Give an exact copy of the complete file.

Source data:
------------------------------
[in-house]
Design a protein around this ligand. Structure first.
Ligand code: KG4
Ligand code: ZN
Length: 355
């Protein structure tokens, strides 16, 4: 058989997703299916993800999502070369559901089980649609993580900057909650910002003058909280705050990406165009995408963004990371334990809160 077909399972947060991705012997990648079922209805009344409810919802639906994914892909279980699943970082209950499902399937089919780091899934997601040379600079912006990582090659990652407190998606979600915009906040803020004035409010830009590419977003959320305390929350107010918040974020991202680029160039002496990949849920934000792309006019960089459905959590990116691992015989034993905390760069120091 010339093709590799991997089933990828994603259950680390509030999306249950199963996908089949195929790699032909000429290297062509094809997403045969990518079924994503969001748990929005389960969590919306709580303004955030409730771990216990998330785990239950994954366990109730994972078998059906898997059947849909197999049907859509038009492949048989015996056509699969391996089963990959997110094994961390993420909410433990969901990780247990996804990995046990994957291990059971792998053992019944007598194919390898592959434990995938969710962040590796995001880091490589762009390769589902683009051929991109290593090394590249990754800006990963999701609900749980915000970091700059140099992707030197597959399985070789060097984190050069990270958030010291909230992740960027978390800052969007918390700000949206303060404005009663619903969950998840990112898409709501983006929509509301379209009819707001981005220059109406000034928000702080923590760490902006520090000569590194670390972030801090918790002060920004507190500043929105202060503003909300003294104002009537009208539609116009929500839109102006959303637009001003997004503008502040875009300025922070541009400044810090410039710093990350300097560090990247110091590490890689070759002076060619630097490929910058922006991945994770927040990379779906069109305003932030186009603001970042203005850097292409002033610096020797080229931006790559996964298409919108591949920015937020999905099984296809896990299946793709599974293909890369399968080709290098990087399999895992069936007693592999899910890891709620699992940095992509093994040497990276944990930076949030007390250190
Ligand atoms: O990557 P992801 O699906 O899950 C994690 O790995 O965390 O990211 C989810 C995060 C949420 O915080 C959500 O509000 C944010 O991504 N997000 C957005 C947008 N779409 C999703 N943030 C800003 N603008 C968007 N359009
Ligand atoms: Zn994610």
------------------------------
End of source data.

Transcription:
[in-house]
Design a protein around this ligand. Structure first.
Ligand code: KG4
Ligand code: ZN
Length: 355
């Protein structure tokens, strides 16, 4: 058989997703299916993800999502070369559901089980649609993580900057909650910002003058909280705050990406165009995408963004990371334990809160 077909399972947060991705012997990648079922209805009344409810919802639906994914892909279980699943970082209950499902399937089919780091899934997601040379600079912006990582090659990652407190998606979600915009906040803020004035409010830009590419977003959320305390929350107010918040974020991202680029160039002496990949849920934000792309006019960089459905959590990116691992015989034993905390760069120091 010339093709590799991997089933990828994603259950680390509030999306249950199963996908089949195929790699032909000429290297062509094809997403045969990518079924994503969001748990929005389960969590919306709580303004955030409730771990216990998330785990239950994954366990109730994972078998059906898997059947849909197999049907859509038009492949048989015996056509699969391996089963990959997110094994961390993420909410433990969901990780247990996804990995046990994957291990059971792998053992019944007598194919390898592959434990995938969710962040590796995001880091490589762009390769589902683009051929991109290593090394590249990754800006990963999701609900749980915000970091700059140099992707030197597959399985070789060097984190050069990270958030010291909230992740960027978390800052969007918390700000949206303060404005009663619903969950998840990112898409709501983006929509509301379209009819707001981005220059109406000034928000702080923590760490902006520090000569590194670390972030801090918790002060920004507190500043929105202060503003909300003294104002009537009208539609116009929500839109102006959303637009001003997004503008502040875009300025922070541009400044810090410039710093990350300097560090990247110091590490890689070759002076060619630097490929910058922006991945994770927040990379779906069109305003932030186009603001970042203005850097292409002033610096020797080229931006790559996964298409919108591949920015937020999905099984296809896990299946793709599974293909890369399968080709290098990087399999895992069936007693592999899910890891709620699992940095992509093994040497990276944990930076949030007390250190
Ligand atoms: O990557 P992801 O699906 O899950 C994690 O790995 O965390 O990211 C989810 C995060 C949420 O915080 C959500 O509000 C944010 O991504 N997000 C957005 C947008 N779409 C999703 N943030 C800003 N603008 C968007 N359009
Ligand atoms: Zn994610």